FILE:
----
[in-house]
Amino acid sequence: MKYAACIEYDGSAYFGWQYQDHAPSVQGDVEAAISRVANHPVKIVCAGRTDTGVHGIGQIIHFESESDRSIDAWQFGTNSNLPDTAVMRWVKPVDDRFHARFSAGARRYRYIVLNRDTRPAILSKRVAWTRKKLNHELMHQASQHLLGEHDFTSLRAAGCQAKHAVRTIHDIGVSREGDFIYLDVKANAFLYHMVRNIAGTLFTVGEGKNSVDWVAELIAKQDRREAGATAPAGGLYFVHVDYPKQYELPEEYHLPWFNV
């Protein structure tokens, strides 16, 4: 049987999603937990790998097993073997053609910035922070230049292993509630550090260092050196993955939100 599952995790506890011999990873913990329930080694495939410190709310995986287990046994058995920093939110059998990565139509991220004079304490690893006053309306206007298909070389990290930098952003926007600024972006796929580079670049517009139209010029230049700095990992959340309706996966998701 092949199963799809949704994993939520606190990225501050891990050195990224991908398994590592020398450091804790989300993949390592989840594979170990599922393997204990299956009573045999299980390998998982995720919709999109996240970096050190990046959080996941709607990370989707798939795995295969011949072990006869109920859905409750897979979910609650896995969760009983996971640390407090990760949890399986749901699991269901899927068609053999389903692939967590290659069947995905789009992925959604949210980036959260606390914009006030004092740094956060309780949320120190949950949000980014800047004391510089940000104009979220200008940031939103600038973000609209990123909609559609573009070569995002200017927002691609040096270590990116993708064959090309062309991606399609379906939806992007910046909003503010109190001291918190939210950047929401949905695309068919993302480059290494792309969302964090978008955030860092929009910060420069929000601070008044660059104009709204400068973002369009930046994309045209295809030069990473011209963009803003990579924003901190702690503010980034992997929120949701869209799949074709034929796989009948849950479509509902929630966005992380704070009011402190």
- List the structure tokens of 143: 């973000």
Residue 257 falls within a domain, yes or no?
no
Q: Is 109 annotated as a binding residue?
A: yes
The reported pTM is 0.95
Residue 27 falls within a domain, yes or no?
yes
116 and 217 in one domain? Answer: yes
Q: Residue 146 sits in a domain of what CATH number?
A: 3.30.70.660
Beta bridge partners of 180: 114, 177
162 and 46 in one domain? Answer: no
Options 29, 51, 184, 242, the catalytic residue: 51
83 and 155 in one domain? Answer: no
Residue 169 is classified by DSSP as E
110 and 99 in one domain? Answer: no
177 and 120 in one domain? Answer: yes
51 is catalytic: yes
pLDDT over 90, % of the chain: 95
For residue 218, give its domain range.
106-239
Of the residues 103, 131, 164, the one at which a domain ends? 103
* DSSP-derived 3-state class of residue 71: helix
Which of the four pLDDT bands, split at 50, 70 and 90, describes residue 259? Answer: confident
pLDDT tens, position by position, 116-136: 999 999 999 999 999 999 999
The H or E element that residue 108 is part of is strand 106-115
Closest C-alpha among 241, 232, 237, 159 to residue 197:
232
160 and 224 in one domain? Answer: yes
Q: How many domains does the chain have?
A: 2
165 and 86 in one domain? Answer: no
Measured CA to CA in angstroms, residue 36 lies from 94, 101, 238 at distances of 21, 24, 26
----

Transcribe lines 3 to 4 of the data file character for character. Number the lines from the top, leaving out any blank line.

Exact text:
């Protein structure tokens, strides 16, 4: 049987999603937990790998097993073997053609910035922070230049292993509630550090260092050196993955939100 599952995790506890011999990873913990329930080694495939410190709310995986287990046994058995920093939110059998990565139509991220004079304490690893006053309306206007298909070389990290930098952003926007600024972006796929580079670049517009139209010029230049700095990992959340309706996966998701 092949199963799809949704994993939520606190990225501050891990050195990224991908398994590592020398450091804790989300993949390592989840594979170990599922393997204990299956009573045999299980390998998982995720919709999109996240970096050190990046959080996941709607990370989707798939795995295969011949072990006869109920859905409750897979979910609650896995969760009983996971640390407090990760949890399986749901699991269901899927068609053999389903692939967590290659069947995905789009992925959604949210980036959260606390914009006030004092740094956060309780949320120190949950949000980014800047004391510089940000104009979220200008940031939103600038973000609209990123909609559609573009070569995002200017927002691609040096270590990116993708064959090309062309991606399609379906939806992007910046909003503010109190001291918190939210950047929401949905695309068919993302480059290494792309969302964090978008955030860092929009910060420069929000601070008044660059104009709204400068973002369009930046994309045209295809030069990473011209963009803003990579924003901190702690503010980034992997929120949701869209799949074709034929796989009948849950479509509902929630966005992380704070009011402190």
- List the structure tokens of 143: 């973000």